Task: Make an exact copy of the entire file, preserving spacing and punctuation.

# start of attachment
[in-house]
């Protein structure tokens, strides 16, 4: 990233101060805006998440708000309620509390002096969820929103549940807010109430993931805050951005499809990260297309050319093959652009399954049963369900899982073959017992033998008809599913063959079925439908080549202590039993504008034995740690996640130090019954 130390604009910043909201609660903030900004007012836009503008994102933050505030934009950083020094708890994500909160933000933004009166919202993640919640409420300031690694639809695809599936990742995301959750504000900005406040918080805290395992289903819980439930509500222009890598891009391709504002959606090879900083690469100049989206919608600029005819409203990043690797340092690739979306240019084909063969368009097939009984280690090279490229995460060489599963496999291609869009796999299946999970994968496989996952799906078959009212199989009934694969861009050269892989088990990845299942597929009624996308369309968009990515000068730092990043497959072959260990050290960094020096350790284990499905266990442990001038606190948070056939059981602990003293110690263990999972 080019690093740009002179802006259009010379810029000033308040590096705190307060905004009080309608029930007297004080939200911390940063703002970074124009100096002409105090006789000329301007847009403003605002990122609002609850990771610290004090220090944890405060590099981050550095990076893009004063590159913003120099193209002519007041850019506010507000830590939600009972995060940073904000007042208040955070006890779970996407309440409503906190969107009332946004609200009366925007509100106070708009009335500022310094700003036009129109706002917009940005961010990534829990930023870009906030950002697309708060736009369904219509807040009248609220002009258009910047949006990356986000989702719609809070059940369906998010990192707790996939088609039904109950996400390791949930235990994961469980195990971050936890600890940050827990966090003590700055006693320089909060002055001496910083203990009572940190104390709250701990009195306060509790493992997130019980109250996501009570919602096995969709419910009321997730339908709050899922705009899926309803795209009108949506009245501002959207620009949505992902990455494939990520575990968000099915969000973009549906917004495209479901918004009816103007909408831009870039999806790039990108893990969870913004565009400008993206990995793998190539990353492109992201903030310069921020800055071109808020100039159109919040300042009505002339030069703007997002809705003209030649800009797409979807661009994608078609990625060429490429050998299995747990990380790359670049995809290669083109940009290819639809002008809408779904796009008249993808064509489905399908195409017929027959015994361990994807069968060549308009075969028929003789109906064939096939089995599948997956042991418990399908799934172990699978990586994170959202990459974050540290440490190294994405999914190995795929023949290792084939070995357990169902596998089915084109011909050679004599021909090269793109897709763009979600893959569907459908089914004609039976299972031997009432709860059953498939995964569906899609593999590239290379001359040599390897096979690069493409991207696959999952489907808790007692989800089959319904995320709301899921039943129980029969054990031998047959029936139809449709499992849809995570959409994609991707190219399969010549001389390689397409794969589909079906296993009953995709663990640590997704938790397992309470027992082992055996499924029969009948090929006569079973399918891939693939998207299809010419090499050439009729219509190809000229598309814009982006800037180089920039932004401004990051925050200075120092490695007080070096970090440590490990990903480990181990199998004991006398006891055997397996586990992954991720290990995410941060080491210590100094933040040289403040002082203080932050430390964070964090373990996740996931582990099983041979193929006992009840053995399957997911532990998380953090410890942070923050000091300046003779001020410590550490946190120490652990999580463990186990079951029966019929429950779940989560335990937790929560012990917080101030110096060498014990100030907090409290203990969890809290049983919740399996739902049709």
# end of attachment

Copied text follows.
[in-house]
């Protein structure tokens, strides 16, 4: 990233101060805006998440708000309620509390002096969820929103549940807010109430993931805050951005499809990260297309050319093959652009399954049963369900899982073959017992033998008809599913063959079925439908080549202590039993504008034995740690996640130090019954 130390604009910043909201609660903030900004007012836009503008994102933050505030934009950083020094708890994500909160933000933004009166919202993640919640409420300031690694639809695809599936990742995301959750504000900005406040918080805290395992289903819980439930509500222009890598891009391709504002959606090879900083690469100049989206919608600029005819409203990043690797340092690739979306240019084909063969368009097939009984280690090279490229995460060489599963496999291609869009796999299946999970994968496989996952799906078959009212199989009934694969861009050269892989088990990845299942597929009624996308369309968009990515000068730092990043497959072959260990050290960094020096350790284990499905266990442990001038606190948070056939059981602990003293110690263990999972 080019690093740009002179802006259009010379810029000033308040590096705190307060905004009080309608029930007297004080939200911390940063703002970074124009100096002409105090006789000329301007847009403003605002990122609002609850990771610290004090220090944890405060590099981050550095990076893009004063590159913003120099193209002519007041850019506010507000830590939600009972995060940073904000007042208040955070006890779970996407309440409503906190969107009332946004609200009366925007509100106070708009009335500022310094700003036009129109706002917009940005961010990534829990930023870009906030950002697309708060736009369904219509807040009248609220002009258009910047949006990356986000989702719609809070059940369906998010990192707790996939088609039904109950996400390791949930235990994961469980195990971050936890600890940050827990966090003590700055006693320089909060002055001496910083203990009572940190104390709250701990009195306060509790493992997130019980109250996501009570919602096995969709419910009321997730339908709050899922705009899926309803795209009108949506009245501002959207620009949505992902990455494939990520575990968000099915969000973009549906917004495209479901918004009816103007909408831009870039999806790039990108893990969870913004565009400008993206990995793998190539990353492109992201903030310069921020800055071109808020100039159109919040300042009505002339030069703007997002809705003209030649800009797409979807661009994608078609990625060429490429050998299995747990990380790359670049995809290669083109940009290819639809002008809408779904796009008249993808064509489905399908195409017929027959015994361990994807069968060549308009075969028929003789109906064939096939089995599948997956042991418990399908799934172990699978990586994170959202990459974050540290440490190294994405999914190995795929023949290792084939070995357990169902596998089915084109011909050679004599021909090269793109897709763009979600893959569907459908089914004609039976299972031997009432709860059953498939995964569906899609593999590239290379001359040599390897096979690069493409991207696959999952489907808790007692989800089959319904995320709301899921039943129980029969054990031998047959029936139809449709499992849809995570959409994609991707190219399969010549001389390689397409794969589909079906296993009953995709663990640590997704938790397992309470027992082992055996499924029969009948090929006569079973399918891939693939998207299809010419090499050439009729219509190809000229598309814009982006800037180089920039932004401004990051925050200075120092490695007080070096970090440590490990990903480990181990199998004991006398006891055997397996586990992954991720290990995410941060080491210590100094933040040289403040002082203080932050430390964070964090373990996740996931582990099983041979193929006992009840053995399957997911532990998380953090410890942070923050000091300046003779001020410590550490946190120490652990999580463990186990079951029966019929429950779940989560335990937790929560012990917080101030110096060498014990100030907090409290203990969890809290049983919740399996739902049709």